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Many NYC High Schools got treated badly by Bloomberg/Klein – when do we fix the damage?

May 21, 2016 am31 10:36 am

My caucus brought the following resolution to the UFT Executive Board June 1, 2015 – 51 weeks ago. The Unity leadership tabled it, and never brought it back.

Who cares if we have a friendly mayor and an educator as chancellor if we are not asking them to make the schools better?

The following resolution was submitted by William Goldman, Jonathan Halabi, Douglas Haynes, Margaret Hobson-Shand, Francisco Pena and Michael Shulman.

Motion:        To approve the following:


WHEREAS, the DOE has closed many academic comprehensive and CTE high schools since the late 1990s; and

WHEREAS, large parts of the city have left students and parents with no large schools to choose; and

WHEREAS, in some cases elementary and middle school students have been placed in schools with high school students; and

WHEREAS, hundreds of small high schools have been created to replace large schools often without replicating the numerous curricular options, services and extra-curricular activities that the large schools once offered; and

WHEREAS, the campus school model has led to the DOE creating multiple administrations in each building leading to increases in cost and bureaucracy; and

WHEREAS, large academic, comprehensive high school buildings were designated and built to accommodate one school, but forcing several schools to share space often leads to poor utilization of the cafeteria, auditorium, gyms, or their use at peculiar and limited times of the day; and

WHEREAS, large academic, comprehensive high school buildings were designed and built with a single wing of science labs, a single wing of music rooms, of art rooms, and other and specialty rooms, leaving those specialty rooms inaccessible to students from small schools once the building has been dissected; and

WHEREAS, in many small schools there are predominantly inexperienced staff members who face serious challenges enforcing the UFT Contract and protecting members’ rights; and

WHEREAS, in a December 4, 2002 UFT Delegate Assembly resolution the UFT affirmed our commitment to “encouraging a variety of educational settings for students and staff,” but decried the lack of foresight and planning; and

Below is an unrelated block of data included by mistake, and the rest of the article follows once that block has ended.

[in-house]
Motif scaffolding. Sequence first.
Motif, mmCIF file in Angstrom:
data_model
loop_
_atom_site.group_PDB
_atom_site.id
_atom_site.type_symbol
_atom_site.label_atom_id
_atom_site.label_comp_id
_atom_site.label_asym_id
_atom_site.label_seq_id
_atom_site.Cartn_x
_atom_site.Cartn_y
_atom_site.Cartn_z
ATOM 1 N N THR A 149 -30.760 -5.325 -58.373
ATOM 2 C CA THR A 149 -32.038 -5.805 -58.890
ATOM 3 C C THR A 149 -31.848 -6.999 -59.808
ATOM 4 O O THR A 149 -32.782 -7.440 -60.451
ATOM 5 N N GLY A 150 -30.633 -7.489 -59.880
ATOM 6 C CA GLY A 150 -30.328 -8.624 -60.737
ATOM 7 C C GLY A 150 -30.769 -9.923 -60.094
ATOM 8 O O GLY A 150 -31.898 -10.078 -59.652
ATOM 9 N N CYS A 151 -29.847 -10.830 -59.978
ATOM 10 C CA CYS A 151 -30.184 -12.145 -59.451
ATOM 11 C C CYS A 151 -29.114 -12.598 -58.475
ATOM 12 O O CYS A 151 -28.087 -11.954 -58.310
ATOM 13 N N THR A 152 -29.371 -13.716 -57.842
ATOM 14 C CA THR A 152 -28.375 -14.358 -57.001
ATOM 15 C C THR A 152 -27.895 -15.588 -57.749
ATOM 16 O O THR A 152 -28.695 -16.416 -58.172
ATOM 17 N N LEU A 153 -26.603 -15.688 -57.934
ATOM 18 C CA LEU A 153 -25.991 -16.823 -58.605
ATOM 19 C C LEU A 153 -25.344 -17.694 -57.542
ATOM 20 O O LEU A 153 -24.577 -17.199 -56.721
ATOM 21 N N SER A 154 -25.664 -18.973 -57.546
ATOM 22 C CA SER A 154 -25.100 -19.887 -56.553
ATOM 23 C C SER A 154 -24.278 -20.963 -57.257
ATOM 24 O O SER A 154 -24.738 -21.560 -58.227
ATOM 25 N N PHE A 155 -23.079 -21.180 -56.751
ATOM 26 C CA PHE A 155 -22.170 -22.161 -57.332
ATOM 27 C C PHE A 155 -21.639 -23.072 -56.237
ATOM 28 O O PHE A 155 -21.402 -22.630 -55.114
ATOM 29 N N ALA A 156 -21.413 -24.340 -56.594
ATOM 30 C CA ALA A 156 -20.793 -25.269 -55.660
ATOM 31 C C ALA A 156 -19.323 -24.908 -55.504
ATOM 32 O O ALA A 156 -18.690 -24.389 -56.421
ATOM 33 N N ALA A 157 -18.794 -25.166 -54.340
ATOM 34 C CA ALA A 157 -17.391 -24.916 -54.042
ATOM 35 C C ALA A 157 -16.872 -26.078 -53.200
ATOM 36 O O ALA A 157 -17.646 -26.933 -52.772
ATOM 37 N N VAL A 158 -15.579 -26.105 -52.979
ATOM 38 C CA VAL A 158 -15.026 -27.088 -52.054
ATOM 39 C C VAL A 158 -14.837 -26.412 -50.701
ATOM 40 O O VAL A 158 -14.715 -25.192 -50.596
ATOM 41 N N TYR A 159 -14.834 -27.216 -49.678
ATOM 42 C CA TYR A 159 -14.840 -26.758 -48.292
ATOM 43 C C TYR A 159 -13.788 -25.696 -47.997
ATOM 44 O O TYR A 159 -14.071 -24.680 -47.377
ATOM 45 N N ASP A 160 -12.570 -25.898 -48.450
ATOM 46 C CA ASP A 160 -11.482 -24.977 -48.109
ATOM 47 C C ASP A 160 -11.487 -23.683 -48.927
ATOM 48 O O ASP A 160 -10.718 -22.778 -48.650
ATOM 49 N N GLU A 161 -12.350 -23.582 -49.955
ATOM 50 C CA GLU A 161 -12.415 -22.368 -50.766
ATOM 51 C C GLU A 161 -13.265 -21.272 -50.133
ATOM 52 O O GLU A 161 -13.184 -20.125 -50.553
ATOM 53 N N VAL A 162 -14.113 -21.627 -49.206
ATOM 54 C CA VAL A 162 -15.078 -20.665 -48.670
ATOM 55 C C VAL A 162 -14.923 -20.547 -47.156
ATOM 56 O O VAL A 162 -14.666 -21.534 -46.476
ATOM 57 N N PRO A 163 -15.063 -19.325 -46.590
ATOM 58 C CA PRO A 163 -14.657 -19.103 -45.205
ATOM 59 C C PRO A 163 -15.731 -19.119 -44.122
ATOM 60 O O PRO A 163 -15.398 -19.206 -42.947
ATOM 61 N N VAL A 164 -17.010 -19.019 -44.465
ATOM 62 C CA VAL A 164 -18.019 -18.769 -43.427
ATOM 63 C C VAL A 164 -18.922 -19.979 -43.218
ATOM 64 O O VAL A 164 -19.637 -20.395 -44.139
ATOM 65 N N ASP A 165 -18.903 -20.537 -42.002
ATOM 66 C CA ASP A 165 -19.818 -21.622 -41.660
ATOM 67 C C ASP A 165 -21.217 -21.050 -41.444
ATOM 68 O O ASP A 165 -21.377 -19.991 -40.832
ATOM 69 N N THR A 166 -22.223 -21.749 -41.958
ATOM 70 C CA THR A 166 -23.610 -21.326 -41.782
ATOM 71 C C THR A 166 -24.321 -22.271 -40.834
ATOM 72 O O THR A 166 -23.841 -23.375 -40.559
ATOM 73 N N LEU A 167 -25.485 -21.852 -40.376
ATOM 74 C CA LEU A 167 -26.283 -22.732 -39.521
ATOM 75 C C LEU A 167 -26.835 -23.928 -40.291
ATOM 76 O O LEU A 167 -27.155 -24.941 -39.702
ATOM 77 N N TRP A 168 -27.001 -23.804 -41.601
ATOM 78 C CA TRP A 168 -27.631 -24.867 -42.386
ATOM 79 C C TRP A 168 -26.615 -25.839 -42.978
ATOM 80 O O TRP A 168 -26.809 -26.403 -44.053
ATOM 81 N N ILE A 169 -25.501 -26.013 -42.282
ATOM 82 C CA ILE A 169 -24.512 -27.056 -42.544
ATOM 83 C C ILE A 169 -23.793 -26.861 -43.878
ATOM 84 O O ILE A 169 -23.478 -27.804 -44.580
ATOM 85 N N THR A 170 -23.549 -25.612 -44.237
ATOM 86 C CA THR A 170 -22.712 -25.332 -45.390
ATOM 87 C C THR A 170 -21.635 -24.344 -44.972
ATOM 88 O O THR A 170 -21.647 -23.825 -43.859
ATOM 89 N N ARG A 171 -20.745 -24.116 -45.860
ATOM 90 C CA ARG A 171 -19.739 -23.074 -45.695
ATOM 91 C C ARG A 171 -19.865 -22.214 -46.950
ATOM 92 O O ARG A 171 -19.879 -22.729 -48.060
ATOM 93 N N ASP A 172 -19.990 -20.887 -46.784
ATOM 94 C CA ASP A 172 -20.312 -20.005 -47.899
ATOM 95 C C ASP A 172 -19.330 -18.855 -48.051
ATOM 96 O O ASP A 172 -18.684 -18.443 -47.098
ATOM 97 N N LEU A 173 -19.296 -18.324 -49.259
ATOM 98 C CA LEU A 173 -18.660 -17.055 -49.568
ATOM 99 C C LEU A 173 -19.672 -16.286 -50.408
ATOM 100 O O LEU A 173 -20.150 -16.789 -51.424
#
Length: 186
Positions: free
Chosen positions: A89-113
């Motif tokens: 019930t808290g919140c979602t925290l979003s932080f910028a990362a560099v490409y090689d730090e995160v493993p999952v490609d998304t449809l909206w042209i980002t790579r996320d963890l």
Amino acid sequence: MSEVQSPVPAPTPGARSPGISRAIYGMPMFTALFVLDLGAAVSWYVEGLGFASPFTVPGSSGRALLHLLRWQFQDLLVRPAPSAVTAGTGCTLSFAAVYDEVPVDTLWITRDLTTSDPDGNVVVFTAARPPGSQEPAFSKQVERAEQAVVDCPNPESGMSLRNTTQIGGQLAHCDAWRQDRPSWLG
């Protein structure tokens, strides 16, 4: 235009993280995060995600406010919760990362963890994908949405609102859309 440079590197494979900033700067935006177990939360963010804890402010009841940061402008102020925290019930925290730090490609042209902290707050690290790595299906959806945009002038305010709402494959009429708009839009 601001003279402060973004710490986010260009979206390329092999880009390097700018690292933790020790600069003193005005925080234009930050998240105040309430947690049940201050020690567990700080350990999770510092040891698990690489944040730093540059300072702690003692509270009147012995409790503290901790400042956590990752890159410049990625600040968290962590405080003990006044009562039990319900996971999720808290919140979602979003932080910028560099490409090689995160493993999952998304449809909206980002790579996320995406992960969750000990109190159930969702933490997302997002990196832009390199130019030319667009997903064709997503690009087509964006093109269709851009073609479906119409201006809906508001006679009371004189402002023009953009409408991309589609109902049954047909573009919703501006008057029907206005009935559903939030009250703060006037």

WHEREAS, in May 2005 the UFT’s Small School Task Force issued a groundbreaking report, recommending changes to how small schools are created; and

WHEREAS, the efficacy of using one building to house multiple schools had not been studies or evaluated; be it

RESOLVED, that the UFT should establish a committee which will:

  • Study the efficacy of the campus school model
  • Review the conclusions in the UFT’s Small School Task Force report
  • Determine what options, activities and community experiences have been denied students in campus buildings
  • Determine which campus schools have had some success and why
  • Evaluate the effect of breaking up large school shave had on the UFT Chapters
  • Examine the practices that have enabled some small chapters to address these challenges; and be it further

RESOLVED, that this committee shall make recommendations, including but not limited to, how to increase cooperation among the schools in a campus, improvethe delivery of services to students, develop a greater sense of community and cohesion within the buildings, and/or how to reconstitute some of the large academic, comprehensive and CTE high schools; and be it further

RESOLVED, that this committee shall make recommendations for helping strengthen chapters and support chapter leaders in campus schools.

Motion:        To table.


2 Comments leave one →
  1. Lynne Winderbaum permalink
    May 21, 2016 pm31 12:58 pm 12:58 pm

    Last week, on learning of Carmen Fariña’s plan to merge many small schools, I posted the following on Facebook:
    “Too late. We’ve closed all the great high schools after concentrating high-need students in them by over-creating small schools that wouldn’t serve such students. Kennedy, Columbus, Jamaica, Stevenson, etc…gone. You don’t have to be a genius to walk into a campus of what was once a single school and see 7 principals, 14 APs, duplicate guidance and programming departments, to realize what a colossal waste of money this generates. You don’t have to be a genius to see the elimination of teams, specialized music and art classes, a variety of languages, special Ed and ELL compliance. You don’t have to be a genius to see the toll taken by the displacement of students and teachers. So go ahead Carmen, merge the small schools because NYC destroyed everything the larger schools had to offer.”
    So I can’t help but support any resolution that so closely resembles my own feelings on the matter. It is my hope that initiatives of value for our students not be disregarded because of the caucus that introduced them. That would be something like the US Congress.

    • June 22, 2016 am30 7:40 am 7:40 am

      It took over a year, cooperating with the leadership, to draft this. And nothing was happening for months and months, so we introduced it. And they tabled it, and still nothing is happening.

      I don’t know what they are afraid of. They claimed initially that this was anti-small school. Read the reso itself – that’s not true. Maybe the leadership is more deeply committed to small schools OVER regular schools than they let on. Or maybe there’s something else?

      It’s frustrating watching nothing get done year after year. Like watching toxic paint dry.

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